What was the Apostle John aiming for when he wrote the gospel which bears his name? The apostle tells us in chapter 20, verse 31, that everything he has written was so that we might believe, and that by believing you may have life in his [Jesus’] name. Having considered the content of the belief (that the Messiah, the Son of God, is Jesus), we should ask what is the belief itself? What does it mean to believe in Jesus?
Reading through John’s gospel, one thing clear: he is not seeking a mere intellectual assent. Saying, oh yes, that’s what I think! is not the sort of belief he is driving for.
John 2:23-25, Now when he was in Jerusalem at the Passover Feast, many believed in his name when they saw the signs that he was doing. But Jesus on his part did not entrust himself to them, because he knew all people and needed no one to bear witness about man, for he himself knew what was in man.
Jesus looks at the belief of those who have seen him do signs, and yet he doesn’t entrust himself to them. Implied in the text is that they are duplicitous, wishy-washy, and that this faith of theirs is short-lived. (cf., John 6:25-29)
The faith Jesus seeks (and thus for which John aims) isn’t a temporary faith, a faith based only on what it can see. It’s a faith that sees what God has done in the past, and subsequently trusts him for the present and the future. This sort of faith is summarized by trusting in Jesus, receiving him for all that he is, and following him. The New City Catechism, in answer to question 30, “What is faith in Jesus Christ?”, answers this way:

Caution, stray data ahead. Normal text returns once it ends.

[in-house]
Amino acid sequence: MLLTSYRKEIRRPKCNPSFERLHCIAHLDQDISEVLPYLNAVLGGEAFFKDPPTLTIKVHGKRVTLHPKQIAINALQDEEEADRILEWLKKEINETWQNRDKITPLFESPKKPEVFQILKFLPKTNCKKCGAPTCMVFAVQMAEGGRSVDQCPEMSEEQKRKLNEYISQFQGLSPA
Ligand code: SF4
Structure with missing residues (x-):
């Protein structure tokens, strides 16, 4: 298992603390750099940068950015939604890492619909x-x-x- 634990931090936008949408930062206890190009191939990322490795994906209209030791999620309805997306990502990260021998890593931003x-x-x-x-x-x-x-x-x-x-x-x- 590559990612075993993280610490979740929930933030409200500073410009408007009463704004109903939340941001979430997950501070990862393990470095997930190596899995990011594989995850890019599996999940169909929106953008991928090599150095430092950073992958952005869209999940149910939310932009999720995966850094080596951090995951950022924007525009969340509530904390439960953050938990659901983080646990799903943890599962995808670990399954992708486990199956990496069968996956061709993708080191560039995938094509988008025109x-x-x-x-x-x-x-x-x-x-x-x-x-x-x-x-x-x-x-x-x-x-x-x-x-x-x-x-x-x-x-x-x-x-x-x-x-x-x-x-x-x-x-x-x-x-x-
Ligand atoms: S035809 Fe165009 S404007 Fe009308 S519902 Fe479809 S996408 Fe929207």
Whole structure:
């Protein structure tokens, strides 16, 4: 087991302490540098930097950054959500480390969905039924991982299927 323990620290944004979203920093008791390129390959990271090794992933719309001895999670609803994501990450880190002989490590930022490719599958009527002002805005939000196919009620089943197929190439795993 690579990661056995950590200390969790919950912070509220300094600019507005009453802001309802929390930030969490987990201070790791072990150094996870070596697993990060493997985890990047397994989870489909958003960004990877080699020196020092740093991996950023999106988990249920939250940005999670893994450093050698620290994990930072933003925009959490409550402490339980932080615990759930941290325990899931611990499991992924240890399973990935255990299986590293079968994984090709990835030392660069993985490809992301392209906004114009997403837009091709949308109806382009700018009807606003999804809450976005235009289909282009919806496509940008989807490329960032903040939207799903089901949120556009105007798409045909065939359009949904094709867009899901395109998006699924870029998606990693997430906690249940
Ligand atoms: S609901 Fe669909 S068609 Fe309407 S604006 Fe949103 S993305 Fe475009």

Faith in Jesus Christ is acknowledging the truth of everything that God has revealed in his Word, trusting in him, and also receiving and resting on him alone for salvation as he is offered to us in the gospel.
This strikes the same note as John’s emphasis on abiding.
John 8:31-32, So Jesus said to the Jews who had believed him, “If you abide in my word, you are truly my disciples, and you will know the truth, and the truth will set you free.
Believing in Jesus certainly must begin with an intellectual assent. But it cannot stay there. It leads to a life characterized by abiding in Christ and his word. Trusting and following him wherever he leads. You see, all those who have been genuinely born from above (see chapter 3) have the Spirit dwelling in them. And having come to know the Truth (Jesus, see 14:6) and being filled with his Spirit, they are transferred from death to life. Darkness to light. They receive the greatest gift they could ever receive: adoption into the family of God (1:12). John wants you to trust Jesus in this consistent, lasting way. Do you?